What convictions and acquittals led up to her sentencing

Theranos founder Elizabeth Holmes walked into her criminal trial in federal court in San Jose in September 2021 charged with 12 counts of fraud in connection with her now-defunct Palo Alto blood-testing startup. Four months later, she walked out guilty on four counts, after a jury found her liable for defrauding some, but not all investors, and acquitted her of defrauding patients. One charge was dropped because federal prosecutors erred.

Holmes, who gave birth to a son in July 2021 weeks before the start of her trial, and is pregnant again, is to be sentenced Friday, with legal experts predicting Judge Edward Davila, who presided over her four-year felony case and her trial that ended Jan. 3, will send her to prison for several years.

Here’s what the jury decided:

Count 1: Conspiracy to commit wire fraud against Theranos investors

Verdict: Guilty

What happened: Jurors found that Holmes schemed with her former romantic partner and Theranos’ chief operating officer Sunny Balwani — who was tried separately and convicted in July — of using false statements about the company, its business partnerships and its finances to “knowingly and intentionally” deceive investors into putting hundreds of millions of dollars into Theranos.

Count 2: Conspiracy to commit wire fraud against Theranos’ paying patients

Verdict: Not guilty

What happened: Jurors declined to hold Holmes responsible for deceiving patients into paying for unreliable blood tests. Federal prosecutors put forward a handful of examples of patients who received inaccurate test results, but were hampered by the loss of a patient-test database that Theranos had given them in an unusable format before the original version was dismantled. Holmes’ lawyers emphasized to jurors that the few documented cases of inaccurate test results referenced in the charges paled in comparison to Theranos’ millions of patient test results.

Count 3: Wire fraud involving investor Alan Eisenman

Verdict: No verdict

What happened: Retired Texas money manager Eisenman testified bitterly that after he put $1.1 million into Theranos in 2006 because Holmes touted its success, he became frustrated with her unwillingness to provide information. Still, he put another $100,000 into the company in 2013, and admitted he knew he was making risky investments.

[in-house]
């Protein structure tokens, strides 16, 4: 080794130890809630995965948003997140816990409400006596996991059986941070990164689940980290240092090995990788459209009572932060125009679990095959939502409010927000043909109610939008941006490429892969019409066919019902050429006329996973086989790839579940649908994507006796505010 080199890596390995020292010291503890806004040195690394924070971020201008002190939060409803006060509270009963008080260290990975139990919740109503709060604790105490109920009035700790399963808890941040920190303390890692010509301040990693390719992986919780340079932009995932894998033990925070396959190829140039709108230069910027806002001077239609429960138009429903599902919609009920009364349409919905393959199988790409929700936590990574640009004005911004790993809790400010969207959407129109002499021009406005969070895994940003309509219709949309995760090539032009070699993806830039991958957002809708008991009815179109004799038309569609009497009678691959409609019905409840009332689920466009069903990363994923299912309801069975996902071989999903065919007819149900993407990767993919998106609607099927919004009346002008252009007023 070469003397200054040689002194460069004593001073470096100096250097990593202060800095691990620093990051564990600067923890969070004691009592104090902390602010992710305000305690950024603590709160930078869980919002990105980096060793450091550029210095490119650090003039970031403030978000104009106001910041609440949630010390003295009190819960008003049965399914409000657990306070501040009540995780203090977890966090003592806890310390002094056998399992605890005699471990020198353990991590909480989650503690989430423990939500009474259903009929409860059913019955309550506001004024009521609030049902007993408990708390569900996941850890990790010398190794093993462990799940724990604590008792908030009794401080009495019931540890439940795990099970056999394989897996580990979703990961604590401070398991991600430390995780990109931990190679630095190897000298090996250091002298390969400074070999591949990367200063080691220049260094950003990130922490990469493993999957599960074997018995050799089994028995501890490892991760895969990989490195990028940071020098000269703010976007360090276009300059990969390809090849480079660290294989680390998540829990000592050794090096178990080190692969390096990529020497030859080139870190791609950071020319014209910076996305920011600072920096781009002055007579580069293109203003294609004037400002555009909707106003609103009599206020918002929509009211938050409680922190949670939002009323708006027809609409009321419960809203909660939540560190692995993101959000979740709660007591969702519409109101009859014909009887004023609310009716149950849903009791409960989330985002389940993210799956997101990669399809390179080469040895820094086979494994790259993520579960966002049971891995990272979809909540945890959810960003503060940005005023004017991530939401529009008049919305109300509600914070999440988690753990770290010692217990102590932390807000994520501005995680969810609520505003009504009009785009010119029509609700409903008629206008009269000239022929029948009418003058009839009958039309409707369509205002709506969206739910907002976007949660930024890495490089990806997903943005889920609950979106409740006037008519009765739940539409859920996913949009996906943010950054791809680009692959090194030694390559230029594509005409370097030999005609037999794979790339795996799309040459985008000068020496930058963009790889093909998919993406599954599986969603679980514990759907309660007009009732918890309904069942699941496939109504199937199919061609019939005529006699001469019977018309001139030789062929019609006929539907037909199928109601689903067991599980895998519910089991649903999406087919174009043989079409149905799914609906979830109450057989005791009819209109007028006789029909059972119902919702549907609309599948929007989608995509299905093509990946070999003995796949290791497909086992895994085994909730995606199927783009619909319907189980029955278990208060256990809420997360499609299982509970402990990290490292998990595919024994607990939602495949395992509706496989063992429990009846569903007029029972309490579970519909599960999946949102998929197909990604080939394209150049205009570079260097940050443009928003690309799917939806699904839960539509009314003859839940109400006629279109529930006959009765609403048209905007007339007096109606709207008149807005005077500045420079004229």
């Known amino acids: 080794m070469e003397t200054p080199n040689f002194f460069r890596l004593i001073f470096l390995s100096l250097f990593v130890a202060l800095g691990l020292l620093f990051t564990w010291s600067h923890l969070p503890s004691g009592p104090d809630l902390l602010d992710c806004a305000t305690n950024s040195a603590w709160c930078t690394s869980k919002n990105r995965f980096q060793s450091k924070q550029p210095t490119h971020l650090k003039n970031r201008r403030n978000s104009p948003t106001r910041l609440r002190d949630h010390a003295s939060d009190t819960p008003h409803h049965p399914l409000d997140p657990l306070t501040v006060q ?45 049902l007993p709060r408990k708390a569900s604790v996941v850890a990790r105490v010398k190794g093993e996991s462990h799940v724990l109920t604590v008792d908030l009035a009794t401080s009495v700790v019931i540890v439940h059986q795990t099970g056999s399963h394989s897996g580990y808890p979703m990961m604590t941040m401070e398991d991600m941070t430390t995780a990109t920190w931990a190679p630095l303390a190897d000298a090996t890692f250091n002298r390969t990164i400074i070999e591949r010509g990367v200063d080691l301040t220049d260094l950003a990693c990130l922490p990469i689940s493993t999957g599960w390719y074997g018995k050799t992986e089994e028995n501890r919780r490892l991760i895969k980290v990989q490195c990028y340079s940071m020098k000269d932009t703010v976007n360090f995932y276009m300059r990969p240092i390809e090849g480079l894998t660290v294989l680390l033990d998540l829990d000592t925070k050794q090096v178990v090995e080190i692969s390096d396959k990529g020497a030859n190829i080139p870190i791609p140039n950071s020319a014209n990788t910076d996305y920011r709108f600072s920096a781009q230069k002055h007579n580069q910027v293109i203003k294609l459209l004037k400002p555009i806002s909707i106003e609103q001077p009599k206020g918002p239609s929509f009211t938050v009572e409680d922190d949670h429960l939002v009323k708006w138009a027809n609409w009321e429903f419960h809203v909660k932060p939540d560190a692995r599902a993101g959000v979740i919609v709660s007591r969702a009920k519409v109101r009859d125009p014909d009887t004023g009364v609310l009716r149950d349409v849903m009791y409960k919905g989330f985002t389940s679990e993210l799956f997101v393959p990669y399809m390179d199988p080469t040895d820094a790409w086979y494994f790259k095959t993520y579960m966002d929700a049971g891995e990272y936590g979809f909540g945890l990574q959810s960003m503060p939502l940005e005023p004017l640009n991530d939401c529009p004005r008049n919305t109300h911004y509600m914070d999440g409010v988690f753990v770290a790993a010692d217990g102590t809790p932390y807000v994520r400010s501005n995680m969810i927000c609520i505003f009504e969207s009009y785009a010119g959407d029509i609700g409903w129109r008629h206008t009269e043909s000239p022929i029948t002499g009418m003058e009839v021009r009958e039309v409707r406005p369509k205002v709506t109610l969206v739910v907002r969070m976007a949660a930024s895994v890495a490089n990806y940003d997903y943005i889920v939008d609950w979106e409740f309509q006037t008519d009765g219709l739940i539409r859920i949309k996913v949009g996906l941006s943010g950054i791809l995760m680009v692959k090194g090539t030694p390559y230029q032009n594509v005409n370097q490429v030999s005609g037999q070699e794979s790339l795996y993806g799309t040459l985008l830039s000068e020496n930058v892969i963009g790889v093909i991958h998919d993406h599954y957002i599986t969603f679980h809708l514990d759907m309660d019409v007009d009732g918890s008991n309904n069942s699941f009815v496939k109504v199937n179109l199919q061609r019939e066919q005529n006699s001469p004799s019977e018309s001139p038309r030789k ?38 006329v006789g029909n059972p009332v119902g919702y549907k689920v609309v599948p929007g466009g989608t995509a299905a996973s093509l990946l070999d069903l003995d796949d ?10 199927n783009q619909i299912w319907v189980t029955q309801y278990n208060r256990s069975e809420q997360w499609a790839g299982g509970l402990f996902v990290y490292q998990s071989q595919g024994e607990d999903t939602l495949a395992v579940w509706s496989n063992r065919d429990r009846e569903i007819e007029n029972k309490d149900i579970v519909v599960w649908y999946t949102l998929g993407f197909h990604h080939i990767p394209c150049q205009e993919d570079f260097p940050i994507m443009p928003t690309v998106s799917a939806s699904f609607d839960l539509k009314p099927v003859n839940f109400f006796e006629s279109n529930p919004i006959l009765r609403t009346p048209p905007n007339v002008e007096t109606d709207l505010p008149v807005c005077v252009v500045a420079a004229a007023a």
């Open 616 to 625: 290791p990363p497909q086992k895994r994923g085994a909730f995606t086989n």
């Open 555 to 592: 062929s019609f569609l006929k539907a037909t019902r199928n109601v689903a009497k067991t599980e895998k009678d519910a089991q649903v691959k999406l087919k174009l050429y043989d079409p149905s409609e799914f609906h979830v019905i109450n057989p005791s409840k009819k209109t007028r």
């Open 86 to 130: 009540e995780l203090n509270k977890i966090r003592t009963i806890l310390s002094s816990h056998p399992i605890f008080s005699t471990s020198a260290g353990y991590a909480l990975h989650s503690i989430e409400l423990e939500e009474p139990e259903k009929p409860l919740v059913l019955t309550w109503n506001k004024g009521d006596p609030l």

Count 4: Wire fraud involving Black Diamond Ventures, a Los Angeles venture capital firm

Verdict: No verdict

What happened: Black Diamond put $5,349,900 into Theranos. The firm’s managing director Christopher Lucas testified that Holmes told him her blood analyzers were being used to treat soldiers in the field — a false claim — and that he trusted her assertion that she could not provide standard investor information because competitors could use it to “crush” her company. A Holmes lawyer argued Lucas failed to conduct proper diligence before investing in Theranos.

Count 5: Wire fraud involving Texas investment firm Hall Group

Verdict: No verdict

What happened: Hall Group in 2013 put $4,875,000 into Theranos. Senior Hall Group executive Bryan Tolbert testified that he was convinced to invest by Holmes’ statements suggesting her technology was doing military-related work in Afghanistan, and her claims that Theranos could “run any combination of lab tests” from “tiny” blood samples. Instead, Theranos often relied on vein-drawn blood, rather than its touted finger-stick droplets, and its own machines could run only a dozen tests of often-dubious accuracy, jurors were told. Tolbert admitted Hall Group were sophisticated investors, and that he had seen “a lot of potential for the future” in Theranos.

Count 6: Wire fraud in connection with PFM Health Sciences of San Francisco

Verdict: Guilty